Black Panther director Ryan Coogler has commemorated the life and artistic vision of the film’s star Chadwick Boseman, who died on Thursday aged 43.
In a statement released on Monday morning, Coogler recalled being moved by Boseman’s first turn as the superhero in Captain America: Civil War, and the star’s authentic impact on the imagined African nation of Wakanda.
Boseman was pivotal in the decision to use the “ancient, powerful, and African” Xhosa language in the Marvel movie saga, Coogler said.
“The decision to have Xhosa be the official language of Wakanda was solidified by Chad, a native of South Carolina, because he was able to learn his lines in Xhosa, there on the spot,” Coogler said.
“He also advocated for his character to speak with an African accent, so that he could present T’Challa to audiences as an African king, whose dialect had not been conquered by the West.”
Coogler said he didn’t initially believe in the potential impact of Black Panther, but saw confidence in Boseman since day dot – despite the star’s 2016 diagnosis of bowel cancer.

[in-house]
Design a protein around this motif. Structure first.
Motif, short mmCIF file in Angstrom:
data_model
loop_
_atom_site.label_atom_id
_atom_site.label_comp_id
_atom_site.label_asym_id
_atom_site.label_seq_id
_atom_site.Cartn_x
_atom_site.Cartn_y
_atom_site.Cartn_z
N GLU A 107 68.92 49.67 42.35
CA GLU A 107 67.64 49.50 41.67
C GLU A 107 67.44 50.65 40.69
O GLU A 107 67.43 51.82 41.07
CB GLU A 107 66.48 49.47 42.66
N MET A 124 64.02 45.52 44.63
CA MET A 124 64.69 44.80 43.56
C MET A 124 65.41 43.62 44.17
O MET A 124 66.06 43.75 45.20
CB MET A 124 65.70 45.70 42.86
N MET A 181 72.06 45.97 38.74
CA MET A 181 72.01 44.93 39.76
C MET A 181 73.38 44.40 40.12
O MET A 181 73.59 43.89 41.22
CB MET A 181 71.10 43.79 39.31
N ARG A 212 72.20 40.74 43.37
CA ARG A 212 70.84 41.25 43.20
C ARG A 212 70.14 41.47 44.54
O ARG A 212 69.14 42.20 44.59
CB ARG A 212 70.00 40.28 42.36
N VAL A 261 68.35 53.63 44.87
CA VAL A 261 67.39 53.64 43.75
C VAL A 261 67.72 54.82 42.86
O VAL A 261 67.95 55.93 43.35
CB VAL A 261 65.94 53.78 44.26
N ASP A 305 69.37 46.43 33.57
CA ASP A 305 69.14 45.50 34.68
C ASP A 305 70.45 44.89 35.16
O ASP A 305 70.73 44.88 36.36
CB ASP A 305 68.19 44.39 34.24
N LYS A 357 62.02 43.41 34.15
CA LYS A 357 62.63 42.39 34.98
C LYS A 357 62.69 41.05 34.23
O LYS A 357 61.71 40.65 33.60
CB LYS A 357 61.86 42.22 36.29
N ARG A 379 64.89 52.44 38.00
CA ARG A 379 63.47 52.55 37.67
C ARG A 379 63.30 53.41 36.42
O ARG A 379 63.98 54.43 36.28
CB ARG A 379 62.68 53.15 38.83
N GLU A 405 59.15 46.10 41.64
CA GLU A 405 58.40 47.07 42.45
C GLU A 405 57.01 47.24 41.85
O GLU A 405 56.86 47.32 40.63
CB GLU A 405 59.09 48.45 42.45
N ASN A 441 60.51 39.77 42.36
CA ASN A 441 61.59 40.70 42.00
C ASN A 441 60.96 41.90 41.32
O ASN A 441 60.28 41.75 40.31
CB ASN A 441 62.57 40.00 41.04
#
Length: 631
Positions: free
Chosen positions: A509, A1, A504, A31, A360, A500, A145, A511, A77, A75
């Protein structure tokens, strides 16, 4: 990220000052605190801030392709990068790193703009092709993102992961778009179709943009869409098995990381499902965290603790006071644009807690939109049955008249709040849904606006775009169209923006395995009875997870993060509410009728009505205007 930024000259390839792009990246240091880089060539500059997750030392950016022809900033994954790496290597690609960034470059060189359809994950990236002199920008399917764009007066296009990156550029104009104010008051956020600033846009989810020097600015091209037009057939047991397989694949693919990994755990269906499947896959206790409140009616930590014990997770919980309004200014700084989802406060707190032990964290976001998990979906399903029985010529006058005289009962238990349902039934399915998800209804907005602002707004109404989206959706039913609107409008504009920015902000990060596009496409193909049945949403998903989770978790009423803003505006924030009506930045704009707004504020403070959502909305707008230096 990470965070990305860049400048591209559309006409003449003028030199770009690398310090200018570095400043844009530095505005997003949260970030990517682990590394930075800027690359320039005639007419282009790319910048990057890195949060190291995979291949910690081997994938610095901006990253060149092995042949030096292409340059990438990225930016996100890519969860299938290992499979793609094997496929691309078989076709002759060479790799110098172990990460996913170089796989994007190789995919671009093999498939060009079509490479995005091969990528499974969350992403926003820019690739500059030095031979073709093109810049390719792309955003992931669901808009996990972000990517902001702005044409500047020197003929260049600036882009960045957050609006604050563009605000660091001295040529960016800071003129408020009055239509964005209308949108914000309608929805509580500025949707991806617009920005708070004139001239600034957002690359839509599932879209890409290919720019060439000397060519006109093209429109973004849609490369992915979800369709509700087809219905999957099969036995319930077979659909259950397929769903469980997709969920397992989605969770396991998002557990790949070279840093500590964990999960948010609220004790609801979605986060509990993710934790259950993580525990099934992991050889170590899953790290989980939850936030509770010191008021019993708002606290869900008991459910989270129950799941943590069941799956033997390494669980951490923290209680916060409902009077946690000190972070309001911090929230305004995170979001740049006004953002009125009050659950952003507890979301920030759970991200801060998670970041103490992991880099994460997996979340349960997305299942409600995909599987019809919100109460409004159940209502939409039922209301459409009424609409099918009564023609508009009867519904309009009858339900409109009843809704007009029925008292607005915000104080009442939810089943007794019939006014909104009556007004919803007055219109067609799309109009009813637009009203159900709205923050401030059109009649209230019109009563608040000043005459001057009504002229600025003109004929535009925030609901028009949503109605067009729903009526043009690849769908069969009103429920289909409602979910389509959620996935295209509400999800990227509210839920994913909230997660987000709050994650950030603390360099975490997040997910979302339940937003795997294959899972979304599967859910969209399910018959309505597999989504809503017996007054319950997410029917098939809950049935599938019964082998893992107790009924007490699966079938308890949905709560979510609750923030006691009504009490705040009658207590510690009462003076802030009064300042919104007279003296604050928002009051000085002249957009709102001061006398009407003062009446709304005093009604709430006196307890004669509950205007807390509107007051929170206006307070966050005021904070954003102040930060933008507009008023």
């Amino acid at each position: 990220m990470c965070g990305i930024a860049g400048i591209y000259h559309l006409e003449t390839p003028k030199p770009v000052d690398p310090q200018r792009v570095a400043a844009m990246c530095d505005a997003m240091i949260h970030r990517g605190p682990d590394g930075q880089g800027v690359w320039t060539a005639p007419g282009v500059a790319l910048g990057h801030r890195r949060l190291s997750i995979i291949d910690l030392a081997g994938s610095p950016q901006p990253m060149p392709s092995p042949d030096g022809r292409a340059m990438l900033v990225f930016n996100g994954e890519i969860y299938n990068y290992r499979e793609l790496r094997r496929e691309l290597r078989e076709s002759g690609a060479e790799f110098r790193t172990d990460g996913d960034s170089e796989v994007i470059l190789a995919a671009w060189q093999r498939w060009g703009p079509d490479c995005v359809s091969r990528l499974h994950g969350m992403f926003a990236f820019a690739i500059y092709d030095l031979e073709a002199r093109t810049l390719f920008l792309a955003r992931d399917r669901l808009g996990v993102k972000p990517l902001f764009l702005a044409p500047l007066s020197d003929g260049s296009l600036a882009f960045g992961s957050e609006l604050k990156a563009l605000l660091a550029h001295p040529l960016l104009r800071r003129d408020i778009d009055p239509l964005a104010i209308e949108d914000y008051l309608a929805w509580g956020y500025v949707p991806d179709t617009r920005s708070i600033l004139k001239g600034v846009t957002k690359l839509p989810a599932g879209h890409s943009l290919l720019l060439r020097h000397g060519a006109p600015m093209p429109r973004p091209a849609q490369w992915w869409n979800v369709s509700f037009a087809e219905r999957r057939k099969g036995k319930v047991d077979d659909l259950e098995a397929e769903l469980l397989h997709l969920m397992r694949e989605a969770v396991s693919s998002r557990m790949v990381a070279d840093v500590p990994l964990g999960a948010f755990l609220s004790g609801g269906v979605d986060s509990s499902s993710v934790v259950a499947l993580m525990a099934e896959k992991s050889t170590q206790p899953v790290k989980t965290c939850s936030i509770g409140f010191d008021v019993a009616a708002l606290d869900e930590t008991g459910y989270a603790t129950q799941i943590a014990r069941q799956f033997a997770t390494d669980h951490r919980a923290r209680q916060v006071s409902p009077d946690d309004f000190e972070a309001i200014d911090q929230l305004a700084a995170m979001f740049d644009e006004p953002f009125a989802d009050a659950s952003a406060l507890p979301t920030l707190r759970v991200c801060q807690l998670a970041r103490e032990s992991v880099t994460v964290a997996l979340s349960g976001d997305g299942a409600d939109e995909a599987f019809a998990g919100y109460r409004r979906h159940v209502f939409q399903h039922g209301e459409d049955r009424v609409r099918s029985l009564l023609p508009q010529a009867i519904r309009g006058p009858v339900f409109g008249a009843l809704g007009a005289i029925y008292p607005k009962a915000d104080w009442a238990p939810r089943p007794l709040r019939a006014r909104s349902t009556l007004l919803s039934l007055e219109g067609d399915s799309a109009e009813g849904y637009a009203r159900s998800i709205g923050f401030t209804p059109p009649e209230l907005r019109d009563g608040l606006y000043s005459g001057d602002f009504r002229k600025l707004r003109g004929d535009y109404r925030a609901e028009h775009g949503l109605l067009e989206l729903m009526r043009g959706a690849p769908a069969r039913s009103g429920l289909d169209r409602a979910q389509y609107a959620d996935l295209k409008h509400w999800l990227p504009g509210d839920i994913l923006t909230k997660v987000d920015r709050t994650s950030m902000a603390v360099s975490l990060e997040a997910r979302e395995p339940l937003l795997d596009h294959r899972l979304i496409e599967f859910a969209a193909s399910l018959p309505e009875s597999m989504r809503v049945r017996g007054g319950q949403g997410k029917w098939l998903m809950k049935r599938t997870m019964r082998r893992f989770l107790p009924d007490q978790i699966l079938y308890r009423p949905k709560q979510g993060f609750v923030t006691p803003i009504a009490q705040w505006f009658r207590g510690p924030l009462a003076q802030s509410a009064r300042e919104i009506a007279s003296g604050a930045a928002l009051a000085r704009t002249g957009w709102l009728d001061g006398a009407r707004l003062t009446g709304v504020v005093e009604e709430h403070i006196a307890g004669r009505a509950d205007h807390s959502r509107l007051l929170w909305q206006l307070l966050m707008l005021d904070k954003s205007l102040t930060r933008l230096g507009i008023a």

“I wasn’t sure I knew what I was doing,” Coogler said.
“But I look back and realize that Chad knew something we all didn’t. He was playing the long game. All while putting in the work. And work he did.”
The director said he wasn’t “privy to the details of his illness.”
“After his family released their statement, I realised that he was living with his illness the entire time I knew him. Because he was a caretaker, a leader, and a man of faith, dignity and pride, he shielded his collaborators from his suffering.
“He lived a beautiful life,” Coogler said, adding, “from the time that I met him, the ancestors spoke through him.”
You can read Coogler’s full statement, via BBC, right here.
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It is with immeasurable grief that we confirm the passing of Chadwick Boseman. Chadwick was diagnosed with stage III colon cancer in 2016, and battled with it these last 4 years as it progressed to stage IV. A true fighter, Chadwick persevered through it all, and brought you many of the films you have come to love so much. From Marshall to Da 5 Bloods, August Wilson’s Ma Rainey’s Black Bottom and several more, all were filmed during and between countless surgeries and chemotherapy. It was the honor of his career to bring King T’Challa to life in Black Panther. He died in his home, with his wife and family by his side. The family thanks you for your love and prayers, and asks that you continue to respect their privacy during this difficult time. Photo Credit: @samjonespictures